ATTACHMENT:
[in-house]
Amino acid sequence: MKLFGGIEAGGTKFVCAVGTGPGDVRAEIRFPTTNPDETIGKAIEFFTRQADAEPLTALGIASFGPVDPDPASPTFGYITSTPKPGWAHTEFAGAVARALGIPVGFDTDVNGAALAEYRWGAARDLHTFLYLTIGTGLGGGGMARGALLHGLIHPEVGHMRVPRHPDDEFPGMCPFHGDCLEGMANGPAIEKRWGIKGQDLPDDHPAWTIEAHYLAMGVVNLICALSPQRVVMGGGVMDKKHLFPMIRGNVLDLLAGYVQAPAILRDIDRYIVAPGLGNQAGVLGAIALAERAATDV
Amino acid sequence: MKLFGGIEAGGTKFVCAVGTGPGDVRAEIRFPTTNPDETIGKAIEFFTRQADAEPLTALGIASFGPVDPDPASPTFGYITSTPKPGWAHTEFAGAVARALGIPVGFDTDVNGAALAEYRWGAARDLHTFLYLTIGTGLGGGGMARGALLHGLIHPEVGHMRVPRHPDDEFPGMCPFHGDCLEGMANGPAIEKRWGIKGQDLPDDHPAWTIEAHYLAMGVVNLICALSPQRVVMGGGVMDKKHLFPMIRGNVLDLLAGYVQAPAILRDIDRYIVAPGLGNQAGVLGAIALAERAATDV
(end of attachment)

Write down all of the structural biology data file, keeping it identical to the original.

[in-house]
Amino acid sequence: MKLFGGIEAGGTKFVCAVGTGPGDVRAEIRFPTTNPDETIGKAIEFFTRQADAEPLTALGIASFGPVDPDPASPTFGYITSTPKPGWAHTEFAGAVARALGIPVGFDTDVNGAALAEYRWGAARDLHTFLYLTIGTGLGGGGMARGALLHGLIHPEVGHMRVPRHPDDEFPGMCPFHGDCLEGMANGPAIEKRWGIKGQDLPDDHPAWTIEAHYLAMGVVNLICALSPQRVVMGGGVMDKKHLFPMIRGNVLDLLAGYVQAPAILRDIDRYIVAPGLGNQAGVLGAIALAERAATDV
Amino acid sequence: MKLFGGIEAGGTKFVCAVGTGPGDVRAEIRFPTTNPDETIGKAIEFFTRQADAEPLTALGIASFGPVDPDPASPTFGYITSTPKPGWAHTEFAGAVARALGIPVGFDTDVNGAALAEYRWGAARDLHTFLYLTIGTGLGGGGMARGALLHGLIHPEVGHMRVPRHPDDEFPGMCPFHGDCLEGMANGPAIEKRWGIKGQDLPDDHPAWTIEAHYLAMGVVNLICALSPQRVVMGGGVMDKKHLFPMIRGNVLDLLAGYVQAPAILRDIDRYIVAPGLGNQAGVLGAIALAERAATDV